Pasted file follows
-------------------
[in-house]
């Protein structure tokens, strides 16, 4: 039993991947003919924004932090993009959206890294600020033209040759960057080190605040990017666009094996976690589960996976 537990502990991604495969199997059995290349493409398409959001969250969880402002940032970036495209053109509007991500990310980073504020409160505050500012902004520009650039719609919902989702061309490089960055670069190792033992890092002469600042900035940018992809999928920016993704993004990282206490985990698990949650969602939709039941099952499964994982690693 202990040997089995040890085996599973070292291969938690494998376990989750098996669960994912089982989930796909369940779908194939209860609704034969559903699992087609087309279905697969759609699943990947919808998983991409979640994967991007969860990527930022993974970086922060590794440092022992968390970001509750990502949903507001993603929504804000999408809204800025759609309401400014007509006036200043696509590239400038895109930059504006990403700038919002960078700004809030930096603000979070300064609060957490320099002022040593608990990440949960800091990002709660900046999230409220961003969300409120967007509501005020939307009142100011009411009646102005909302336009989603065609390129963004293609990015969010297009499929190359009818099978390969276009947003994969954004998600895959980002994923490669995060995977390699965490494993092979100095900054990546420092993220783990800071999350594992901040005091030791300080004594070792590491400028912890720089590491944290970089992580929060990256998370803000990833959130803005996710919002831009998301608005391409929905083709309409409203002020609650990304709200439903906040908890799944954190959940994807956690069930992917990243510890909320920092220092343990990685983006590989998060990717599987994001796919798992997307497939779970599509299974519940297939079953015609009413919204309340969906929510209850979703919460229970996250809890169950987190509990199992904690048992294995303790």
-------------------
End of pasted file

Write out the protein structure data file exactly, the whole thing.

[in-house]
């Protein structure tokens, strides 16, 4: 039993991947003919924004932090993009959206890294600020033209040759960057080190605040990017666009094996976690589960996976 537990502990991604495969199997059995290349493409398409959001969250969880402002940032970036495209053109509007991500990310980073504020409160505050500012902004520009650039719609919902989702061309490089960055670069190792033992890092002469600042900035940018992809999928920016993704993004990282206490985990698990949650969602939709039941099952499964994982690693 202990040997089995040890085996599973070292291969938690494998376990989750098996669960994912089982989930796909369940779908194939209860609704034969559903699992087609087309279905697969759609699943990947919808998983991409979640994967991007969860990527930022993974970086922060590794440092022992968390970001509750990502949903507001993603929504804000999408809204800025759609309401400014007509006036200043696509590239400038895109930059504006990403700038919002960078700004809030930096603000979070300064609060957490320099002022040593608990990440949960800091990002709660900046999230409220961003969300409120967007509501005020939307009142100011009411009646102005909302336009989603065609390129963004293609990015969010297009499929190359009818099978390969276009947003994969954004998600895959980002994923490669995060995977390699965490494993092979100095900054990546420092993220783990800071999350594992901040005091030791300080004594070792590491400028912890720089590491944290970089992580929060990256998370803000990833959130803005996710919002831009998301608005391409929905083709309409409203002020609650990304709200439903906040908890799944954190959940994807956690069930992917990243510890909320920092220092343990990685983006590989998060990717599987994001796919798992997307497939779970599509299974519940297939079953015609009413919204309340969906929510209850979703919460229970996250809890169950987190509990199992904690048992294995303790």